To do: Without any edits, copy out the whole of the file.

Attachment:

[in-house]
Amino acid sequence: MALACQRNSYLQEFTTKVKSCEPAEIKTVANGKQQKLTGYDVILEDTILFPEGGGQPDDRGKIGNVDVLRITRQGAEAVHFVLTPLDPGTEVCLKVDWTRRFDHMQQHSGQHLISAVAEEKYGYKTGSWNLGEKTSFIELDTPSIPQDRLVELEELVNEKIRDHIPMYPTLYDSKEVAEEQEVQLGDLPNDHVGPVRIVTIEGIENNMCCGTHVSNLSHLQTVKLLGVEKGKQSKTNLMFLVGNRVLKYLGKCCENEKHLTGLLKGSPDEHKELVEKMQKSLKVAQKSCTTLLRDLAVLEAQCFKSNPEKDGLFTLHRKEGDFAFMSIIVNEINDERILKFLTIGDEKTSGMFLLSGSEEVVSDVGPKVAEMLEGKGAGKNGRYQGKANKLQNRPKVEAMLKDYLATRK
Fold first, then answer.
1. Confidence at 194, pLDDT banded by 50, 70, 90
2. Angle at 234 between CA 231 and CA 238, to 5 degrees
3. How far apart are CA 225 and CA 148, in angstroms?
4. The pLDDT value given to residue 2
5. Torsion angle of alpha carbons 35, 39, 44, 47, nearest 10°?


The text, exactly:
[in-house]
Amino acid sequence: MALACQRNSYLQEFTTKVKSCEPAEIKTVANGKQQKLTGYDVILEDTILFPEGGGQPDDRGKIGNVDVLRITRQGAEAVHFVLTPLDPGTEVCLKVDWTRRFDHMQQHSGQHLISAVAEEKYGYKTGSWNLGEKTSFIELDTPSIPQDRLVELEELVNEKIRDHIPMYPTLYDSKEVAEEQEVQLGDLPNDHVGPVRIVTIEGIENNMCCGTHVSNLSHLQTVKLLGVEKGKQSKTNLMFLVGNRVLKYLGKCCENEKHLTGLLKGSPDEHKELVEKMQKSLKVAQKSCTTLLRDLAVLEAQCFKSNPEKDGLFTLHRKEGDFAFMSIIVNEINDERILKFLTIGDEKTSGMFLLSGSEEVVSDVGPKVAEMLEGKGAGKNGRYQGKANKLQNRPKVEAMLKDYLATRK
Fold first, then answer.
1. Confidence at 194, pLDDT banded by 50, 70, 90
2. Angle at 234 between CA 231 and CA 238, to 5 degrees
3. How far apart are CA 225 and CA 148, in angstroms?
4. The pLDDT value given to residue 2
5. Torsion angle of alpha carbons 35, 39, 44, 47, nearest 10°?